The Village (12A)

If you go down to the woods today...
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'Expect the unexpected" - M Night Shyamalan must wake up at night sweating at the thought of this phrase. Having established himself as a master of twist endings in The Sixth Sense, and pulled off the same trick again in Unbreakable, he has doomed himself to audiences forever sitting arms folded, daring him to throw a totally unpredictable switcheroo at them every time. In The Village, Shyamalan doesn't disappoint: in fact there are two major twists, one halfway through, one at the end, neither of which I can in all honour reveal. All respect to him: when Hollywood seems interested only in critic-proof product, it's good to see someone daring to make films that lay themselves at the mercy of critics' discretion.

'Expect the unexpected" - M Night Shyamalan must wake up at night sweating at the thought of this phrase. Having established himself as a master of twist endings in The Sixth Sense, and pulled off the same trick again in Unbreakable, he has doomed himself to audiences forever sitting arms folded, daring him to throw a totally unpredictable switcheroo at them every time. In The Village, Shyamalan doesn't disappoint: in fact there are two major twists, one halfway through, one at the end, neither of which I can in all honour reveal. All respect to him: when Hollywood seems interested only in critic-proof product, it's good to see someone daring to make films that lay themselves at the mercy of critics' discretion.

If you're hoping for surprises as sharp and as economical as in The Sixth Sense, or for the creeping unease promised by The Village's opening credits, then you'll probably feel short-changed. You may find the film too laboriously ingenious, too crammed with narrative contradictions, with niggling how-could-theys and why-did-shes. But as a baroque anomaly among Hollywood films, it has a fascination all its own.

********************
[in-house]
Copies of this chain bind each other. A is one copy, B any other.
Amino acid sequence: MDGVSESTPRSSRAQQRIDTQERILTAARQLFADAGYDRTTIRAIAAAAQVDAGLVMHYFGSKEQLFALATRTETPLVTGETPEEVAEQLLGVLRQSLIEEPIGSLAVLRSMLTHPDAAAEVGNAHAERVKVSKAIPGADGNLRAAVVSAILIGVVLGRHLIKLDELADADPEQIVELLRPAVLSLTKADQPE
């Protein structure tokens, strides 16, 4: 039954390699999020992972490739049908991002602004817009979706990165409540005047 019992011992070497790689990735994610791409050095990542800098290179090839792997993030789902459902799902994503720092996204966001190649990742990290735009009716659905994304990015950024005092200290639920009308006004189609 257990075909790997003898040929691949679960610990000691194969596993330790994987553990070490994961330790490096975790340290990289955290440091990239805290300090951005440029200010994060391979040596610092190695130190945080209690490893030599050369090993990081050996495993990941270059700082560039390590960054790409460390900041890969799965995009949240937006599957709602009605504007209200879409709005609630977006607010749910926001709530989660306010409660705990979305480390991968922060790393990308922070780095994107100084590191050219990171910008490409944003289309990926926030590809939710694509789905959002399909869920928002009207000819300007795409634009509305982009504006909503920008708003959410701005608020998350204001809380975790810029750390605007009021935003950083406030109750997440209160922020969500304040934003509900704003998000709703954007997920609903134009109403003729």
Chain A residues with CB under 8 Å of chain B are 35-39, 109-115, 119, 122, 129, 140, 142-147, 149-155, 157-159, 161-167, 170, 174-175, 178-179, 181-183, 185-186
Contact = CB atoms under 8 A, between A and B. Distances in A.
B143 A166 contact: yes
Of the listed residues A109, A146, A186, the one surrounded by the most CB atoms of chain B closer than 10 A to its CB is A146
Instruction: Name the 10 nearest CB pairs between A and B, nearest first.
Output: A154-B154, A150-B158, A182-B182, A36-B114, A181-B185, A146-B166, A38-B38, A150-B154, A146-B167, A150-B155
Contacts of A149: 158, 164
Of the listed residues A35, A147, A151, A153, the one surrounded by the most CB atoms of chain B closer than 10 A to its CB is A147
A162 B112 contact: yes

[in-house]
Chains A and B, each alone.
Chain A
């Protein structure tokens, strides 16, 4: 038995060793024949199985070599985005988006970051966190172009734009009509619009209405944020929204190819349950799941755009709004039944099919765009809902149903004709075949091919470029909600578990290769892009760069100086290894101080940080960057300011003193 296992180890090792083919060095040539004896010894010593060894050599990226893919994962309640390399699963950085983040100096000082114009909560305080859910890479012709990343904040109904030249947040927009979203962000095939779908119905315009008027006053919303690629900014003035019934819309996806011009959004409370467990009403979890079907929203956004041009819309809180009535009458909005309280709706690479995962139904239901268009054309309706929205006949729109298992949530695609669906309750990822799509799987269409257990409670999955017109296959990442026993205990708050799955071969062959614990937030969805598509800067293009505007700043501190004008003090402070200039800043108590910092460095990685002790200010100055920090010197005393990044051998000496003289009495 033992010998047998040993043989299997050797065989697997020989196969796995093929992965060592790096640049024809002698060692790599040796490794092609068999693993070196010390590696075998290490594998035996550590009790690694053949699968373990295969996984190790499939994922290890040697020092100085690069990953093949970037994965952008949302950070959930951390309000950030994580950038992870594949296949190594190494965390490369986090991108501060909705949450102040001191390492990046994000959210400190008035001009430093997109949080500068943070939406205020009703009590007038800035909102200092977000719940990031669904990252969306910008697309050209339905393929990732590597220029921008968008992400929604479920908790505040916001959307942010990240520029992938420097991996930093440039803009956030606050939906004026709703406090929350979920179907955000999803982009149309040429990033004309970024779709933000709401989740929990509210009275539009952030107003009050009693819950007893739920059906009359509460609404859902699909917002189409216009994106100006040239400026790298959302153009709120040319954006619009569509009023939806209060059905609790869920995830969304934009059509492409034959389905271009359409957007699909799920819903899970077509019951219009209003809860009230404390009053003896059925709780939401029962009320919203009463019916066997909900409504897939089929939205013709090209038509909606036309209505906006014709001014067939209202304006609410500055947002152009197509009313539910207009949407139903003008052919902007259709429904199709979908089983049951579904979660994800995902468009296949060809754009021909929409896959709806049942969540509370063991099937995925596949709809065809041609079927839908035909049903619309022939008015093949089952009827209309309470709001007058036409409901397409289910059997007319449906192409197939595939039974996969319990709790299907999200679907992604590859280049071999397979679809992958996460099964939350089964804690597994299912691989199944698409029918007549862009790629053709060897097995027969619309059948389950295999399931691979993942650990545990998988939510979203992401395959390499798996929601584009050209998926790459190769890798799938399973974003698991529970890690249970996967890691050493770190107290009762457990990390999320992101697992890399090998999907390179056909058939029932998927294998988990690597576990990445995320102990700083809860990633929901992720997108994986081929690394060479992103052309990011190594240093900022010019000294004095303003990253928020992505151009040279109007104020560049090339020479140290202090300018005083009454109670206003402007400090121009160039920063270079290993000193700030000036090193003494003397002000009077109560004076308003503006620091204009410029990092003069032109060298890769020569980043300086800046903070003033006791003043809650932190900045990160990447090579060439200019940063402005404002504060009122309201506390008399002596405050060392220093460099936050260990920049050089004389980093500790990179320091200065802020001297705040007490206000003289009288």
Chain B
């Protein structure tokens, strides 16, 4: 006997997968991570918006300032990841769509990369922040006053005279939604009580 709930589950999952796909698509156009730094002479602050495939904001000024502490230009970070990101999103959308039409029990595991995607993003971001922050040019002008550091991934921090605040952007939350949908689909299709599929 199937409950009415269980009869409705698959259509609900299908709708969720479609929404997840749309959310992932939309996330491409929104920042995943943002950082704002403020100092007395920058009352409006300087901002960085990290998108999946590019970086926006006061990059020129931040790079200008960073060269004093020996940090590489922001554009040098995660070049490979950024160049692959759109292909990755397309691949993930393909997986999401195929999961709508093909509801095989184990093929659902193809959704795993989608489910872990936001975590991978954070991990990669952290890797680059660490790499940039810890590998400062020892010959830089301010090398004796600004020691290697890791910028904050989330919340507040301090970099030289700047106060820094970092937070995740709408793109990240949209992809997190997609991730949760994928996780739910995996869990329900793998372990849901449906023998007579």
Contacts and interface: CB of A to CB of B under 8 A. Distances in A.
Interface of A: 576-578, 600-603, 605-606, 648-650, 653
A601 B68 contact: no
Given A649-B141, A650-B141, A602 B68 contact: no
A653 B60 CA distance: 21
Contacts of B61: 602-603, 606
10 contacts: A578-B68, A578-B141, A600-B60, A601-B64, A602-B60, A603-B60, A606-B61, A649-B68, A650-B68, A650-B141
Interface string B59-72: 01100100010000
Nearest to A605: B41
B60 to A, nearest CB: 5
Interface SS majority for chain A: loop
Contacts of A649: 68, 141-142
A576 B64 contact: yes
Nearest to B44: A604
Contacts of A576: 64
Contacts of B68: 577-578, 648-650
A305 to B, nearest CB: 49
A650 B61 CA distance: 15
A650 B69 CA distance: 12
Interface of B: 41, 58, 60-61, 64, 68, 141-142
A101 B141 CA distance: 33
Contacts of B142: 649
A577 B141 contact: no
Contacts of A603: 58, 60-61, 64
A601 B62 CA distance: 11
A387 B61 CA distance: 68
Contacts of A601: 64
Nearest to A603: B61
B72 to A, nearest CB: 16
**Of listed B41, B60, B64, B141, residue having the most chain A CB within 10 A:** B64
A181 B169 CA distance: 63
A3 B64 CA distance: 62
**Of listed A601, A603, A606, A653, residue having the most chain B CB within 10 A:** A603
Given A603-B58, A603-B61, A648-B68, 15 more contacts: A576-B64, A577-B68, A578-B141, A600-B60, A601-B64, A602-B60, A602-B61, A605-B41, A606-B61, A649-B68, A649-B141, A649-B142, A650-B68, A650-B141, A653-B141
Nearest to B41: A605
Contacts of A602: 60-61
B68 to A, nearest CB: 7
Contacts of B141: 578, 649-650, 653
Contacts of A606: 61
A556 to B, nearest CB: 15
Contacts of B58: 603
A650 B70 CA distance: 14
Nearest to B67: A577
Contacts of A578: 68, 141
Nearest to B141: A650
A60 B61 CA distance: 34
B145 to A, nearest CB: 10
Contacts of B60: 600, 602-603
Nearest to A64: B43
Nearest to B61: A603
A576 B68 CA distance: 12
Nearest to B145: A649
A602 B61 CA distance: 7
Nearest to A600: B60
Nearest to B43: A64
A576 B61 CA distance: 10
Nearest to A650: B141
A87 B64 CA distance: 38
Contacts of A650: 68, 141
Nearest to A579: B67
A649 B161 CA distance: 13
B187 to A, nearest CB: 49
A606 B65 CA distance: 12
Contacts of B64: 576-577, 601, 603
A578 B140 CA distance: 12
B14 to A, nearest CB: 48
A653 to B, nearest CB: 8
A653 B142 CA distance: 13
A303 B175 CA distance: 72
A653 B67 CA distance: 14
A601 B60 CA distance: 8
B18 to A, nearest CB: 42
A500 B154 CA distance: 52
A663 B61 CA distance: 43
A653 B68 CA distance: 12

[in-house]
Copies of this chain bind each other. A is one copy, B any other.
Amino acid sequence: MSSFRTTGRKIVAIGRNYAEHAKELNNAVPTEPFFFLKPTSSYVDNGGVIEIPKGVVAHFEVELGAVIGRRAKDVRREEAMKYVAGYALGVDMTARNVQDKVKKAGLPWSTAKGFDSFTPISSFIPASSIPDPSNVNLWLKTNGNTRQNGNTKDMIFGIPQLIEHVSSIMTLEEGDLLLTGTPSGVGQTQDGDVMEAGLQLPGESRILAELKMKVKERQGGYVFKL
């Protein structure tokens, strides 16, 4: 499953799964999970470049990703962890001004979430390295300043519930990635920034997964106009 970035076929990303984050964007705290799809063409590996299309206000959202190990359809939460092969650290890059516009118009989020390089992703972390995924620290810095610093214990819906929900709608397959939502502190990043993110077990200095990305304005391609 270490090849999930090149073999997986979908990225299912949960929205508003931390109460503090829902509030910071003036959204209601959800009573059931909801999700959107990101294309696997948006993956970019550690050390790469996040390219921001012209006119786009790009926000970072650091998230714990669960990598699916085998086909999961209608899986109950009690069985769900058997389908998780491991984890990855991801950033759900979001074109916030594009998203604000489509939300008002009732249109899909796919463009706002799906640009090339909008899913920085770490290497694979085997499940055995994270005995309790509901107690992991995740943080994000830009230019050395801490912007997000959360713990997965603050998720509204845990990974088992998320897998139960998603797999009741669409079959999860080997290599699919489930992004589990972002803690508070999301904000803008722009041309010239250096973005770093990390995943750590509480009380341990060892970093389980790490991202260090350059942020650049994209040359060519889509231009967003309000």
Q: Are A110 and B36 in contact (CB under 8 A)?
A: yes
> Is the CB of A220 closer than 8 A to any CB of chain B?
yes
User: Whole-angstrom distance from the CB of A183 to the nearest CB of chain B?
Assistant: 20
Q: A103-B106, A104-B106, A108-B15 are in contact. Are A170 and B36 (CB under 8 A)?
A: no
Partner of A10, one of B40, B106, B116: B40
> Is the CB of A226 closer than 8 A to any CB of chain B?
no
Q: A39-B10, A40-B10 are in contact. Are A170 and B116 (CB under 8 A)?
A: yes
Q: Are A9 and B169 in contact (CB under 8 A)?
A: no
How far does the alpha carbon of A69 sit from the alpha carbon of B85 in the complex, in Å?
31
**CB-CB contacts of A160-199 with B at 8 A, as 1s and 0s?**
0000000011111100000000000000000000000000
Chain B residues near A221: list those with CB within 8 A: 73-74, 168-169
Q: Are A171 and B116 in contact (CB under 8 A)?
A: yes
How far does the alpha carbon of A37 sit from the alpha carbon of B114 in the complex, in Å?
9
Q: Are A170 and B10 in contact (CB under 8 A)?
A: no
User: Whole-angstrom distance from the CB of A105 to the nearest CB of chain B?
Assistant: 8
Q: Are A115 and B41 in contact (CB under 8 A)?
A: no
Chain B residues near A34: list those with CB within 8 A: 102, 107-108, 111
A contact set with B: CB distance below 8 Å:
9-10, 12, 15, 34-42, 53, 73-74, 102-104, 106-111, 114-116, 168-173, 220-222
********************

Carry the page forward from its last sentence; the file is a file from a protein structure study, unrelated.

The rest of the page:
The setting is an enclosed 19th-century American rural community, a settlement of gentle, pious folk, situated near a dark, dreadful forest. The forest, it seems, is inhabited by unmentionably fearsome creatures ("Those We Do Not Speak Of"), which leaves the villagers no access to the towns beyond. Under the benign leadership of a group of elders, including Sigourney Weaver and the pensively muttering William Hurt, village life is based on strict taboos: the creatures are attracted to the colour red, so all things red are proscribed, including flowers and berries. Yellow, however, seems to work as a protective charm, hence a perimeter of yellow flags, resembling a Christo-style land-art installation.

The most striking effect of this premise is visual: as in The Sixth Sense, where he dressed everything in sepulchral grey, Shyamalan suppresses certain colours, stresses others. Not only does red haunt the film's palette by its absence, but when it does appear, it takes on immense power: one of the biggest shocks comes when a character wanders into a field of berries. Walking through the woods in a mustard-coloured cloak, intrepid blind heroine Ivy (Bryce Dallas Howard) is a chromatically adjusted Little Red Riding Hood, giving a distinctive twist to Shyamalan's fairy-tale imagery.

Much of the strangeness, as with H P Lovecraft's tales of New England Gothic, derives from the contrast between the sedate setting and the shrieking horror that is forever hinted at. The scene where the villagers shelter in their cellars from some ravening horror outside is straight out of Night of the Living Dead, while a wedding festooned with corn plaits is a more decorous echo of the hoedowns in Heaven's Gate. The whole film is a bizarre combination of contemporary pulp horror and 19th-century literary Americana: it's like watching Nathaniel Hawthorne's The Blair Witch Project or reading Stephen King's Walden.